Strength training offers plenty of mental health benefits. We previously heard from William Pullen, a London-based psychotherapist and BACP member, who told Stylist that while poor mental health can be debilitating and often lead to “feelings of powerlessness, strength training not only makes you feel physically stronger but serves as an alternative, bite-sized and effective route to confidence.”

And there are studies to back him up on that. A meta-analysis of 33 clinical trials (totalling 1,877 subjects) concluded that resistance training significantly reduced depressive symptoms among adults. More in-depth analysis showed that these mental health benefits were more pronounced for people performing low-to-moderate intensity strength training and that people with mild-to-moderate depression seemed to reap the most benefits. 

Lifting heavy weights may rebalance hormonal issues

Polycystic ovarian syndrome (PCOS) is a condition that affects up to one in five women. It’s caused by a hormonal imbalance and can result in a variety of side effects, from missing periods to acne, excessive hair and fat gain. While not much is known about the syndrome, there are studies that claim strength training is one tool you can use to work towards rebalancing hormonal health. Far from being about weight loss, better-balanced hormones can improve sleep quality, mood regulation, appetite and fertility.

A 2015 study found that high-intensity interval training for 10 weeks improved insulin resistance in women with PCOS – without weight loss. Another piece of research followed 43 women with PCOS as they participated in a 16-week strength training programme. After that ended, the participants saw a significant decrease in their testosterone levels. The study also looked at the impact that strength training had on women without PCOS, and found that they experienced “significant improvements” in mental health by week 16 – proving that there are benefits for everyone!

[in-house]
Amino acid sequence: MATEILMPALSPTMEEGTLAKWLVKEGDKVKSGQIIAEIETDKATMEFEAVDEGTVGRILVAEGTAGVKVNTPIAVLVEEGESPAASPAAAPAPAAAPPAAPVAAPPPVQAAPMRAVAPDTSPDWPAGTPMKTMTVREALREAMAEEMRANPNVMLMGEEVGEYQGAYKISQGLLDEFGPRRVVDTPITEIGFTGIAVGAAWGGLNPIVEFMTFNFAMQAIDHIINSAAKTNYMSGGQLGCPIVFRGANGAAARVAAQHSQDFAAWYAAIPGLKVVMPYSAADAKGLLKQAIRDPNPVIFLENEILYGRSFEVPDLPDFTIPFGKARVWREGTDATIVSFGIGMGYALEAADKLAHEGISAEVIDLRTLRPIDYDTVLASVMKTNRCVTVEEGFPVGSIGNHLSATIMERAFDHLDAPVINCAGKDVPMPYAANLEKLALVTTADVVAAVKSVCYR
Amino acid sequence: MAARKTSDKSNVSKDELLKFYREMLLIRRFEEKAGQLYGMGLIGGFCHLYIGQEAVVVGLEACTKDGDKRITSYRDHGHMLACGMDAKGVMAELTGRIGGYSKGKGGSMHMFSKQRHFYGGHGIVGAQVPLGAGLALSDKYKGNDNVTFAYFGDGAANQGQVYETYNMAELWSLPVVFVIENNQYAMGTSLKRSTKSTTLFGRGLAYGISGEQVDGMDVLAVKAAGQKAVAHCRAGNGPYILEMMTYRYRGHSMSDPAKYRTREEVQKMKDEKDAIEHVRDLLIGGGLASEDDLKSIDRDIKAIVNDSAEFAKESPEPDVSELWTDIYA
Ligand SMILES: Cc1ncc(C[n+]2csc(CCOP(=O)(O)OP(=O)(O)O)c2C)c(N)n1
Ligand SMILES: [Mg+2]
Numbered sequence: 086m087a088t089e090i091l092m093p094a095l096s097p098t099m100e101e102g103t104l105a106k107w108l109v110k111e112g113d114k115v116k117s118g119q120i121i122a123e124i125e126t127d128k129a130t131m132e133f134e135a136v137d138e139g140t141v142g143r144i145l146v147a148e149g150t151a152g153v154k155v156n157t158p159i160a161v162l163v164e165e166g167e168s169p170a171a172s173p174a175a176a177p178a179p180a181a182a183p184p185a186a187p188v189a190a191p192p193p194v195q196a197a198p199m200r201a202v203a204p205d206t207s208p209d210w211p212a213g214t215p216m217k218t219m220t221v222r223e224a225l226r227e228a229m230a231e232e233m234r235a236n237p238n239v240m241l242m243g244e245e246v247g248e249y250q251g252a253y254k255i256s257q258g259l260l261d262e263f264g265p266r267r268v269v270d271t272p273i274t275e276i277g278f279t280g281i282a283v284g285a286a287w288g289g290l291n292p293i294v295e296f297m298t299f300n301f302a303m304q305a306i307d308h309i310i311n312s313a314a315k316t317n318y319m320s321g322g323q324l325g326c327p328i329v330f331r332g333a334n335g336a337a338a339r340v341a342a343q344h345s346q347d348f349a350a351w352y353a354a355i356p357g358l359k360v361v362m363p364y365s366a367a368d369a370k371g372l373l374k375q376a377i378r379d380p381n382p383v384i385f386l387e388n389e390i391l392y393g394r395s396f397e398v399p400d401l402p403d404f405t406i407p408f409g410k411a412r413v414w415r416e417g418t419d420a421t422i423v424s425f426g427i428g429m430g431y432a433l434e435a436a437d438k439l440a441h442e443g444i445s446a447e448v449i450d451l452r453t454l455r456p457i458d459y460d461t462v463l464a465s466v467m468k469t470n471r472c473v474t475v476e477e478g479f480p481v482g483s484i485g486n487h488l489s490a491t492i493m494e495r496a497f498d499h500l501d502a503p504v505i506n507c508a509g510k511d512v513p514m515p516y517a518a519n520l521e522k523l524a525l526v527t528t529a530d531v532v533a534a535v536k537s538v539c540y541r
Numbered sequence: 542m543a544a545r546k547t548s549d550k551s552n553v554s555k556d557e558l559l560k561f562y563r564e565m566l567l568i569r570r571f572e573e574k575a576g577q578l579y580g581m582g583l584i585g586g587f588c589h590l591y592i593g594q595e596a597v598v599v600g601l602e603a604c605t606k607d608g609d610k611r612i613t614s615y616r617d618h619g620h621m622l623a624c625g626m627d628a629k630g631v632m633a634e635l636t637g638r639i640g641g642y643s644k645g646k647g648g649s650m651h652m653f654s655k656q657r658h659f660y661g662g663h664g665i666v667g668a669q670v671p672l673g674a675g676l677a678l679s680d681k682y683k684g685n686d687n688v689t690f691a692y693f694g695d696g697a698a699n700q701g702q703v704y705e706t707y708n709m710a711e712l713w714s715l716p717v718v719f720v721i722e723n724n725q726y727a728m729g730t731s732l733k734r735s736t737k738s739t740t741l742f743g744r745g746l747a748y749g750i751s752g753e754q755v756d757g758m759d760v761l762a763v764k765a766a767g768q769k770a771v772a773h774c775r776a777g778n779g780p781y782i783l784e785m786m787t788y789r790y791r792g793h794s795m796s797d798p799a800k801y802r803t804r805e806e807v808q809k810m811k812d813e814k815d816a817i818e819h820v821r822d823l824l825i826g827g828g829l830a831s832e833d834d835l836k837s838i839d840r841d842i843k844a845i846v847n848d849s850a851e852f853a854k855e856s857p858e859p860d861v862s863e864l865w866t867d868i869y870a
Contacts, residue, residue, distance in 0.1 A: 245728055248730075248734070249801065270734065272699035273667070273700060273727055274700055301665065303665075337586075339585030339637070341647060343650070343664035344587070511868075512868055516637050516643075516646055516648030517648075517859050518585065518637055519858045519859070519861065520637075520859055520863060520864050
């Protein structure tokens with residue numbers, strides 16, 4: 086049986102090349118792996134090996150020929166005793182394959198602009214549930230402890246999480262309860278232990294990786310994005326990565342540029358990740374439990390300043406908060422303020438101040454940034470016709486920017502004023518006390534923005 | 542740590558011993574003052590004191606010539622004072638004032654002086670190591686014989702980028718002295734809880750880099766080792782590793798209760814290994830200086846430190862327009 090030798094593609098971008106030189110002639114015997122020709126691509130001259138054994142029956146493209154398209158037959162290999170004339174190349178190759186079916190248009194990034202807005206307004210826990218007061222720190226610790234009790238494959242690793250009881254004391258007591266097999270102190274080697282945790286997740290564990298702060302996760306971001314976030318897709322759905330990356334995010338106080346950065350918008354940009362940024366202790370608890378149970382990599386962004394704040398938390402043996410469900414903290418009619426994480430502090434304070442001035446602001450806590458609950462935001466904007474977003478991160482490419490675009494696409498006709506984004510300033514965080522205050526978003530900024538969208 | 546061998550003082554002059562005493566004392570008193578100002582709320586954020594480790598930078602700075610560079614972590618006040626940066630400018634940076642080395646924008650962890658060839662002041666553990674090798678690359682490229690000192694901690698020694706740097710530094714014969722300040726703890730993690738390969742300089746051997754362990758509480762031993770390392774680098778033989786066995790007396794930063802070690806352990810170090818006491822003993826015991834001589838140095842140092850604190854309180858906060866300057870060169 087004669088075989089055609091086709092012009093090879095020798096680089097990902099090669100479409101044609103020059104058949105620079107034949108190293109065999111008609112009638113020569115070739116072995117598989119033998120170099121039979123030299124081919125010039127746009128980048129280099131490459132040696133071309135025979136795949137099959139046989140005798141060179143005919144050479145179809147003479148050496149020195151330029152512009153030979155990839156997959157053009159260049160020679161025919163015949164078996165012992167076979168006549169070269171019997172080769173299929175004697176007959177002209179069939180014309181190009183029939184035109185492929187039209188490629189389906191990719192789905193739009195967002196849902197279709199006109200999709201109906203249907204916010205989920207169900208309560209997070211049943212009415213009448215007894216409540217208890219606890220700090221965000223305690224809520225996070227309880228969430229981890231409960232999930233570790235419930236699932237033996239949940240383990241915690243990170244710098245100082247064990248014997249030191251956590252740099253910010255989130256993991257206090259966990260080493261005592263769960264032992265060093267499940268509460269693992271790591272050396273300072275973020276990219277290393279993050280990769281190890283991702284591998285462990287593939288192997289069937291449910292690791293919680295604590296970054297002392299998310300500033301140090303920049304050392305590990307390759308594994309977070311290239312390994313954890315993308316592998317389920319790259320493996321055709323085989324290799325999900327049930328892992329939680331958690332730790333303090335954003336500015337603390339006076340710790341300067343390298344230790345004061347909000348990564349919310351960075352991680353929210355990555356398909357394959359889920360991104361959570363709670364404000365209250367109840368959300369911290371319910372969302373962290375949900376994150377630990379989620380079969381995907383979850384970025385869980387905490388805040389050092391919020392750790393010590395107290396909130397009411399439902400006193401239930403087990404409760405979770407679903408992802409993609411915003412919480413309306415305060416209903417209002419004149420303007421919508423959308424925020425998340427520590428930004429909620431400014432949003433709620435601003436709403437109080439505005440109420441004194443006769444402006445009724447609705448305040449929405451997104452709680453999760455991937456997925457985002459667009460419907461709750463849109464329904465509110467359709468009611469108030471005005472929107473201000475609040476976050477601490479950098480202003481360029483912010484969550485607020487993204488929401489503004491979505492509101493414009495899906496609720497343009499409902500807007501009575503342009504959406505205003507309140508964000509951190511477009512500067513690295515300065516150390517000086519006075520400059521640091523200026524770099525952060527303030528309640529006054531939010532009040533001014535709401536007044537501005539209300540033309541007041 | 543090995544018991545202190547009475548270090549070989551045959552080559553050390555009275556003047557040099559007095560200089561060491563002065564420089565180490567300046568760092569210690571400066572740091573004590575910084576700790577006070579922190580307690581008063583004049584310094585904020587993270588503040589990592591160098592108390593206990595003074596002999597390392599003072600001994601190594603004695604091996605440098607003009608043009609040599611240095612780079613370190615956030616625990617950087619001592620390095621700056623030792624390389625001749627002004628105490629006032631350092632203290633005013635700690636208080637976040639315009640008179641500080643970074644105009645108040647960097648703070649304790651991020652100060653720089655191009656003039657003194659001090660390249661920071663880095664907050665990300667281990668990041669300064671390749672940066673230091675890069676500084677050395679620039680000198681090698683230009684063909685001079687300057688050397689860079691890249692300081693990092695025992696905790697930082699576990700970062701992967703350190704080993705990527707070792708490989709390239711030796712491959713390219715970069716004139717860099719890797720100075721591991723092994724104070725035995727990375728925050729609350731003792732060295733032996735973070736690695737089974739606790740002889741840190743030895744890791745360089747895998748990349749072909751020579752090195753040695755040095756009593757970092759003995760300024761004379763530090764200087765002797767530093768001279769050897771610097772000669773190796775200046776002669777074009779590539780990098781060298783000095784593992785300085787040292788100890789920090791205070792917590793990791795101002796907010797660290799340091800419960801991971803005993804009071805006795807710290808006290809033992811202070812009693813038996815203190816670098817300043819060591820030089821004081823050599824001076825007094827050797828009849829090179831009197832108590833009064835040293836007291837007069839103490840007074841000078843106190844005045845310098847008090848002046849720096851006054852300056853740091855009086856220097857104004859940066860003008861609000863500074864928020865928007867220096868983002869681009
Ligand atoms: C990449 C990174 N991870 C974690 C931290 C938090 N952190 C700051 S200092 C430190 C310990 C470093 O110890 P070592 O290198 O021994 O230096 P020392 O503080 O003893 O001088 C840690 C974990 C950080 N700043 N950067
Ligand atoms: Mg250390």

Strength training helps to protect against obesity

Strength training is for everyone – whatever your body shape. At Strong Women, we don’t talk diets or “body goals” and the Training Club is a totally inclusive space for all bodies. Strength training does, however, reduce the risk of becoming medically obese, which is known to increase the risk of other issues like heart disease, high blood pressure and certain kinds of cancers.

Regular exercise (moving in whatever way makes you feel good) can help to reduce your risk of obesity – which isn’t and shouldn’t be simply a cosmetic concern. One way strength training can help is by improving your metabolism

When we lift weights, our muscles need more energy to operate and that energy is only accessible when oxygen helps to break down fat and carbohydrates. During exercise, we breathe faster and our hearts beat harder to pump more oxygen, fat and carbs into our muscles. When we finish the session, that oxygen uptake remains elevated because our muscles still need those fats and carbs to be broken down to help them repair and return to a rested state. That process is known as “excess post-exercise oxygen consumption” (EPOC), or the “after-burn effect”. 

If obesity isn’t something you’re worried about and fat burning isn’t a goal, just remember that lifting weights will leave you feeling stronger than ever. 

The next time you want to take a break from your desk or the sofa, have a go at a simple sumo squat. A compound move, it works your biggest muscles while loading the knee and ankle joints. Add a pair of weights if you have them or move super-slow in the eccentric part of the exercise (when you come back up) for the ultimate muscle-loving burn.

Take your fitness up a notch by joining one of the SWTC training plans. Let us know how you get on. It’s time to get strong! 

Images: Getty

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Miranda Larbi

Miranda Larbi is the editor of Strong Women and Strong Women Training Club. A qualified personal trainer and vegan runner, she can usually be found training for the next marathon, seeking out vegan treats or cycling across London on a pond-green Tokyo bike.